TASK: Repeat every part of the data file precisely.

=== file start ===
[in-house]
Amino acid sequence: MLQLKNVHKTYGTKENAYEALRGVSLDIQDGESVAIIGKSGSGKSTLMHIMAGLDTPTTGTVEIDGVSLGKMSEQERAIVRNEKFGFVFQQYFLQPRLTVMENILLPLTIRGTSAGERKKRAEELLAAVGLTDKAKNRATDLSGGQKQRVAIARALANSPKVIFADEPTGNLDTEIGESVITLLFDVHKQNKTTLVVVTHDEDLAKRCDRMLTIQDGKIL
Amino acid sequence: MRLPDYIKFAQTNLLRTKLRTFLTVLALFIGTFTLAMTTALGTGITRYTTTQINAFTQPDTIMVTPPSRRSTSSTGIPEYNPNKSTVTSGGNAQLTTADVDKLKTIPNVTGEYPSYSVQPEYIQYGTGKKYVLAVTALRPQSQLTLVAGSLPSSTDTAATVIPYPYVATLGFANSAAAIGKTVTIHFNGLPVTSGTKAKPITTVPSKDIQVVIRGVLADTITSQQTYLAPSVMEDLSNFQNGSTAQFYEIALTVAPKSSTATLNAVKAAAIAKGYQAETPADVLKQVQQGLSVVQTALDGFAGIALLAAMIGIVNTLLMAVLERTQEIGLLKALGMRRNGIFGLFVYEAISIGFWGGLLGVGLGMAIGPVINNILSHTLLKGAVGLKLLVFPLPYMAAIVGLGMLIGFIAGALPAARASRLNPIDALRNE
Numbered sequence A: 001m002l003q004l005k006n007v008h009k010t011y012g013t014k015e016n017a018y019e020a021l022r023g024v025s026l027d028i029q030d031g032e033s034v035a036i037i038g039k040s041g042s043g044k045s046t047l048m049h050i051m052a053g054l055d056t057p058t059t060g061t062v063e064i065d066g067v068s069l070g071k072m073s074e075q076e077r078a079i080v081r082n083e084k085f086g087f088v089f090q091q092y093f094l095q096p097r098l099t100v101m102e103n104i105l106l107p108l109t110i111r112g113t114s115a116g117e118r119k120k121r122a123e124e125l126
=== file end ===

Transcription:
[in-house]
Amino acid sequence: MLQLKNVHKTYGTKENAYEALRGVSLDIQDGESVAIIGKSGSGKSTLMHIMAGLDTPTTGTVEIDGVSLGKMSEQERAIVRNEKFGFVFQQYFLQPRLTVMENILLPLTIRGTSAGERKKRAEELLAAVGLTDKAKNRATDLSGGQKQRVAIARALANSPKVIFADEPTGNLDTEIGESVITLLFDVHKQNKTTLVVVTHDEDLAKRCDRMLTIQDGKIL
Amino acid sequence: MRLPDYIKFAQTNLLRTKLRTFLTVLALFIGTFTLAMTTALGTGITRYTTTQINAFTQPDTIMVTPPSRRSTSSTGIPEYNPNKSTVTSGGNAQLTTADVDKLKTIPNVTGEYPSYSVQPEYIQYGTGKKYVLAVTALRPQSQLTLVAGSLPSSTDTAATVIPYPYVATLGFANSAAAIGKTVTIHFNGLPVTSGTKAKPITTVPSKDIQVVIRGVLADTITSQQTYLAPSVMEDLSNFQNGSTAQFYEIALTVAPKSSTATLNAVKAAAIAKGYQAETPADVLKQVQQGLSVVQTALDGFAGIALLAAMIGIVNTLLMAVLERTQEIGLLKALGMRRNGIFGLFVYEAISIGFWGGLLGVGLGMAIGPVINNILSHTLLKGAVGLKLLVFPLPYMAAIVGLGMLIGFIAGALPAARASRLNPIDALRNE
Numbered sequence A: 001m002l003q004l005k006n007v008h009k010t011y012g013t014k015e016n017a018y019e020a021l022r023g024v025s026l027d028i029q030d031g032e033s034v035a036i037i038g039k040s041g042s043g044k045s046t047l048m049h050i051m052a053g054l055d056t057p058t059t060g061t062v063e064i065d066g067v068s069l070g071k072m073s074e075q076e077r078a079i080v081r082n083e084k085f086g087f088v089f090q091q092y093f094l095q096p097r098l099t100v101m102e103n104i105l106l107p108l109t110i111r112g113t114s115a116g117e118r119k120k121r122a123e124e125l126